Last Monday morning I had a meeting with my baby shark’s class teacher on her performance. We have been trying to meet for weeks to discuss my girl’s progress before she moves on to a new academic year. My motivation for seeking her out was I felt Ma (as I fondly call her) was not applying herself academically. This I picked out from results from her assignments and tests that she brought home. Plus, the teacher’s comments in red.
Like any parent I want her to maximize her abilities and gifts so I get upset when she appears to do her school work casually. Not to mention the high fees we are paying as another motivation. My girl is the best 9-year-old daughter a man would ask for –si I’m her dad so she has to be. She plays the keyboard and is on the school swimming and soccer teams. She even tried her hand (and fractured her finger) at basketball. I remember cheering her once in a match until my voice disappeared. I encouraged basketball because we have to put our long legs to good use.
Parenting is a contact sport and sometimes deliberate and intentional actions have to be taken. This was one of them for me where I see the school doing the half that I’m not able to do for my child. The school spends half the day with her and I spend the other half with her at home during the school term. I felt I needed to get the 411 from her class teacher to enable me better my half of the contribution to her wellbeing. Mwalimu said we are working towards the child’s complete wellness not just her grades. I like that description.
I got a few surprises from baby shark’s teacher in that meeting. I went in on the high horse of a perfect parent needing to streamline their child. After the meeting I had shukad from my horse and left in a small donkey like the one characterized by Eddie Murphy in the animation, Shrek.
Mwalimu said that I need to make a fuss about what my toto is excelling in as much as I’m causing about her weak areas. I have been focusing on what she’s not doing well in and that gives Ma the overall impression that she’s not good enough. That made me sad. I recently read in a strength assessment exercise that a weakness is an overused strength. My zeal for wanting my child to be the best could be pushing her further from that goal.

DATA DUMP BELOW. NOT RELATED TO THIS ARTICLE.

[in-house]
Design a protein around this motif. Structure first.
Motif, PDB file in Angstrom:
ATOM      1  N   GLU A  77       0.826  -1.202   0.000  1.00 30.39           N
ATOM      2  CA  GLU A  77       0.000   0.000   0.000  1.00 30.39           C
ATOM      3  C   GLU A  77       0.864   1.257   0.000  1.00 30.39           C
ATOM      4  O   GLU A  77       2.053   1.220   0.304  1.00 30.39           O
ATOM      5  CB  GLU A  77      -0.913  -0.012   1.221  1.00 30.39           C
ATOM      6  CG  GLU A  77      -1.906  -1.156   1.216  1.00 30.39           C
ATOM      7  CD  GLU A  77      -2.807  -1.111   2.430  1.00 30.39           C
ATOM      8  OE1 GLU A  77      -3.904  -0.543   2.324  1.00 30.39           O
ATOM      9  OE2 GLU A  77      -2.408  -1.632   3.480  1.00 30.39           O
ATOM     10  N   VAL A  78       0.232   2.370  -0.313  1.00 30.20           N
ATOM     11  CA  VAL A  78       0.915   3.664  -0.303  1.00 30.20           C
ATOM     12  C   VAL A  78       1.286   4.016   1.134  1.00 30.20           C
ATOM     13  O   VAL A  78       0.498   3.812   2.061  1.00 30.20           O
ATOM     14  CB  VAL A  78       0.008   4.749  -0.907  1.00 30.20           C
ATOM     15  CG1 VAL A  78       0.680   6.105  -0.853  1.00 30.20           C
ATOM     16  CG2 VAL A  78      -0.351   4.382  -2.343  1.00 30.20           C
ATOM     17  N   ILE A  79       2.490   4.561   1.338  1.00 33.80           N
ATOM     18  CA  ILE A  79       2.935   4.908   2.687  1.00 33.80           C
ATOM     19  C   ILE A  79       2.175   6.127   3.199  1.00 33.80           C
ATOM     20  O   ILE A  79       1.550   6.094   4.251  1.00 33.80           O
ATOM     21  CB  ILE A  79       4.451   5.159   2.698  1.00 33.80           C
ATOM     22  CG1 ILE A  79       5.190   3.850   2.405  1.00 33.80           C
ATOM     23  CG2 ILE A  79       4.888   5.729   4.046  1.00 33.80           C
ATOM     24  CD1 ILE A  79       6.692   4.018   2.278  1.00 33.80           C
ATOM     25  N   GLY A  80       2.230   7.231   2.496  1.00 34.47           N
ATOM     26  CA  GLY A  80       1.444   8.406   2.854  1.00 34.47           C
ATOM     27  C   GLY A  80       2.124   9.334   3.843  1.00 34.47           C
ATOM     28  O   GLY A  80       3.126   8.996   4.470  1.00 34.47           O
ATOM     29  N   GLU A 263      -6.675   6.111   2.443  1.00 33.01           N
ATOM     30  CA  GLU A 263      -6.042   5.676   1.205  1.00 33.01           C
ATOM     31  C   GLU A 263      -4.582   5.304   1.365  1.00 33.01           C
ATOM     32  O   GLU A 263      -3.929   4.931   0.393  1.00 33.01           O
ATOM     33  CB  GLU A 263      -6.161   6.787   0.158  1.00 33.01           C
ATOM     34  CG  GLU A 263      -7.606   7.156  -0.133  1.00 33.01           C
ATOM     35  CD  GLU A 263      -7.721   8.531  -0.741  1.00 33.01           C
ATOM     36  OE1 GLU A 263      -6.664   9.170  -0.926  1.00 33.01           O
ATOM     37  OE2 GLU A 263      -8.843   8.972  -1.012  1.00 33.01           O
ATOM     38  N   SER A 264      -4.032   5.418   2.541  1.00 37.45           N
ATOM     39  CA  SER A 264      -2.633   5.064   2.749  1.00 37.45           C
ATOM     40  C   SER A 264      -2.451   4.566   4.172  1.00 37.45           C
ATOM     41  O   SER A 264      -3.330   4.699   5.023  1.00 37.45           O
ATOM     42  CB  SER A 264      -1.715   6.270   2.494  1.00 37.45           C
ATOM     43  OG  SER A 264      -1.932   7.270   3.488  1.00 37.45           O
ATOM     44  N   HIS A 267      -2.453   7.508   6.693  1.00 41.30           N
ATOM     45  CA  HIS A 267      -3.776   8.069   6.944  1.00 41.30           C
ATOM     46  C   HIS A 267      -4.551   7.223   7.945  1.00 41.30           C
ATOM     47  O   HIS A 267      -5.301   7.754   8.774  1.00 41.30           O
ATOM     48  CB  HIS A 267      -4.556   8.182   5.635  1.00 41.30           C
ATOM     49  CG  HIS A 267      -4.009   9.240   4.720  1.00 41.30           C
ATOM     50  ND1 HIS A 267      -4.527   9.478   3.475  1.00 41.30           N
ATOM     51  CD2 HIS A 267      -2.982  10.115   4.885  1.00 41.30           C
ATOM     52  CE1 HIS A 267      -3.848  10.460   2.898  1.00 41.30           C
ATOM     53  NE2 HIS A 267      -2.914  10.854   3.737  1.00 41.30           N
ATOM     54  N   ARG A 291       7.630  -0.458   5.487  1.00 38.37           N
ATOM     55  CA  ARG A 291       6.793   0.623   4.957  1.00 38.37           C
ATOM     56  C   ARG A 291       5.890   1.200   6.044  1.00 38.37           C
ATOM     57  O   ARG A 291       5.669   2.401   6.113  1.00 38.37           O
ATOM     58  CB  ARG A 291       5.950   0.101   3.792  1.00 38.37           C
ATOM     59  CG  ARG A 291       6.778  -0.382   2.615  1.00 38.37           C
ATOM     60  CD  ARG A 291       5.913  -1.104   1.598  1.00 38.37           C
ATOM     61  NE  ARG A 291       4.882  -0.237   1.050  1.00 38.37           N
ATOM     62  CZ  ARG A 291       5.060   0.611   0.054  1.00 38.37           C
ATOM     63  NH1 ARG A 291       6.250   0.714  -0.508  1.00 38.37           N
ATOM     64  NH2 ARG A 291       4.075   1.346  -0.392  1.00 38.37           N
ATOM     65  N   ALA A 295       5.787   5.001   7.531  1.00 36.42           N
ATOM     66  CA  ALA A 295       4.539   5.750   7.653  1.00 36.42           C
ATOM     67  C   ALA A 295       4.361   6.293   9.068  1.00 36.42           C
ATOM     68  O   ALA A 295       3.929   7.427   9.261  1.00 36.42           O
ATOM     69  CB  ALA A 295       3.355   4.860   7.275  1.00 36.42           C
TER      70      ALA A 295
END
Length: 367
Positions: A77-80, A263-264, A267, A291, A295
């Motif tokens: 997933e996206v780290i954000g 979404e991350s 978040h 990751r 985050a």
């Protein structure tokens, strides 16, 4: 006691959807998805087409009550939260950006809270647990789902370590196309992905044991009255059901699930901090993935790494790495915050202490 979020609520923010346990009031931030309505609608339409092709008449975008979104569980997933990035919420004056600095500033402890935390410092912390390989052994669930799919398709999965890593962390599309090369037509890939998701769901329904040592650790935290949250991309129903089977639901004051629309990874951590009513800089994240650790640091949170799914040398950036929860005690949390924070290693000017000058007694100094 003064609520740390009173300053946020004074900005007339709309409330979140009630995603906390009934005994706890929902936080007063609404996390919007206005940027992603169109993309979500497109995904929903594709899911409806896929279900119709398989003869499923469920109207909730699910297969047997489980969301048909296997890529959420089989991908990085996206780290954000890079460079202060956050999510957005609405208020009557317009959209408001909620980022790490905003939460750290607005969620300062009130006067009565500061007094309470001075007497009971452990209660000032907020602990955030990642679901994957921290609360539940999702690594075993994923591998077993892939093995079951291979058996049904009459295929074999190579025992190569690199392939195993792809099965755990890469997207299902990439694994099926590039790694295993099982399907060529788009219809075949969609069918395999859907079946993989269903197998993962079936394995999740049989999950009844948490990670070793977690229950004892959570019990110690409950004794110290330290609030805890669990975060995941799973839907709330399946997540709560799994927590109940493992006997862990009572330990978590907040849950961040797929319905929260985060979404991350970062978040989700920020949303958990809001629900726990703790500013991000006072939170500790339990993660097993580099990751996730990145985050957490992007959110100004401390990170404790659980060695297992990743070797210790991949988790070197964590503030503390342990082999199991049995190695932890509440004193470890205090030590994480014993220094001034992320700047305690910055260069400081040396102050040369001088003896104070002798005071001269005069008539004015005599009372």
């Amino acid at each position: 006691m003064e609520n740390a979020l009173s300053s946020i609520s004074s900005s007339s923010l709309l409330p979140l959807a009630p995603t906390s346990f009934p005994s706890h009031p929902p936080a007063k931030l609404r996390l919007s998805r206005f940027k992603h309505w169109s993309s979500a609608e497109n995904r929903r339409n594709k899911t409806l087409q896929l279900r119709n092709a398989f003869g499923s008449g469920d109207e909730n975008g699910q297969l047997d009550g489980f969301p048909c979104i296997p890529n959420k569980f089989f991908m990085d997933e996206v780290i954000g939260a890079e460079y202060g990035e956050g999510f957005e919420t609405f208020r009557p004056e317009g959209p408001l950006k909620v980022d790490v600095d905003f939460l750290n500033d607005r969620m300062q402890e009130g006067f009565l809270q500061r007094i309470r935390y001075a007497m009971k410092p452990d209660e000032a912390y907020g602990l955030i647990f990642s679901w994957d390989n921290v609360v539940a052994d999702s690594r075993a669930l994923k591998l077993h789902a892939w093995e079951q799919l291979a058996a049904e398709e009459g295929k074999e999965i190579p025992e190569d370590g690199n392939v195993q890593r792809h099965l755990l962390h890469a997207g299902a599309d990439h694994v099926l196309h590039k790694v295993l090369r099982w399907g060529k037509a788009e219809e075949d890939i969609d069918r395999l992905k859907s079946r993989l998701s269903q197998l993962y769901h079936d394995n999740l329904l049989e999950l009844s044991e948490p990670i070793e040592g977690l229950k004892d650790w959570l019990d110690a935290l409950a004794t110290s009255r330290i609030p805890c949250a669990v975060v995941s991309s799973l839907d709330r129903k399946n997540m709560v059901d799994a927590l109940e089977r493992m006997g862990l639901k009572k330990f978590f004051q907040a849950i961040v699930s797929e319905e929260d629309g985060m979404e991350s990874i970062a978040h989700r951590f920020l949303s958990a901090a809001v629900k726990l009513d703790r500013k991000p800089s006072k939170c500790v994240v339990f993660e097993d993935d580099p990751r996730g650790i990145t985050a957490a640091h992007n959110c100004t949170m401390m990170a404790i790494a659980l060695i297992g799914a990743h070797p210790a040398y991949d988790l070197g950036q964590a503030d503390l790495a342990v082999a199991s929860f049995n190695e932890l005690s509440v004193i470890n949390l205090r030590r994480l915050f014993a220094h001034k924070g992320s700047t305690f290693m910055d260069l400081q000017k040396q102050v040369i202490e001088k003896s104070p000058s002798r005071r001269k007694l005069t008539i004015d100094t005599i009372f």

I also realized some tabias she has are not her fault. Genes from Baba here seem to be manifesting strongly in her. For instance, she is the class comedian and is easily distracted from her work in class. That was me copy paste back in the day.
I need more patience with her as was given to me by my parents, teachers and tuition instructors combined. And even after all that effort I still didn’t top my class. I ended up with a strong C grade in highschool. Maybe C stood for Combined hehe. Thankfully my totos have mummy shark’s brains so there’s a good chance we will all be fine.
Sometimes we cast a shadow over our kids without being aware that we are blocking them from the warmth of the sun. We try hard to shield them from this dangerous world and in the process block opportunities for them to grow and blossom. May we as parents and guardians learn how to balance the parenting boat because if we put a lot of weight on one side of an issue then we risk capsizing the boat. And if that happens then we shall be judged harshly both by the world and more importantly our little people. Unfortunately, there’s no dry run on parenting before you become one. We learn on the job. But it can be done. My mum told me she and Mzee just befriended us as we grew up and here we are now living a version of a balanced life. At least it looks like it.
I got a poem from Ma’s school folder that summarized it well. It was on the school terms theme – Fortitude. Poem by Min
In this world of steel, what does it mean to feel?
To love, to hate, to be forgotten? To think this world’s just plain rotten?
Look around at the sky, the land, the sea. Think about what this world could be.
Look to the sea for your reflection. But don’t focus on your imperfections.
Our time here is much too brief, To waste on such trivial grief.
So go into the world without hesitation, and nurture your precious aspirations.
That session with Ma’s teacher was me looking at the sea for my reflection. I saw both (me and baby sharks) our imperfections but left with the resolve not to focus on them. Richard Templar puts it well when he says, “being a parent is about 75% making it up as you go along’’. We have the freedom to make mistakes.
If there is one thing I want to be remembered for long after I’m gone is that I gifted this world with good humans (my offspring) who went on to make a positive impact wherever their long feet took them. Folks may we seek the wisdom to balance the boat of life so those under our care can nurture their precious aspirations.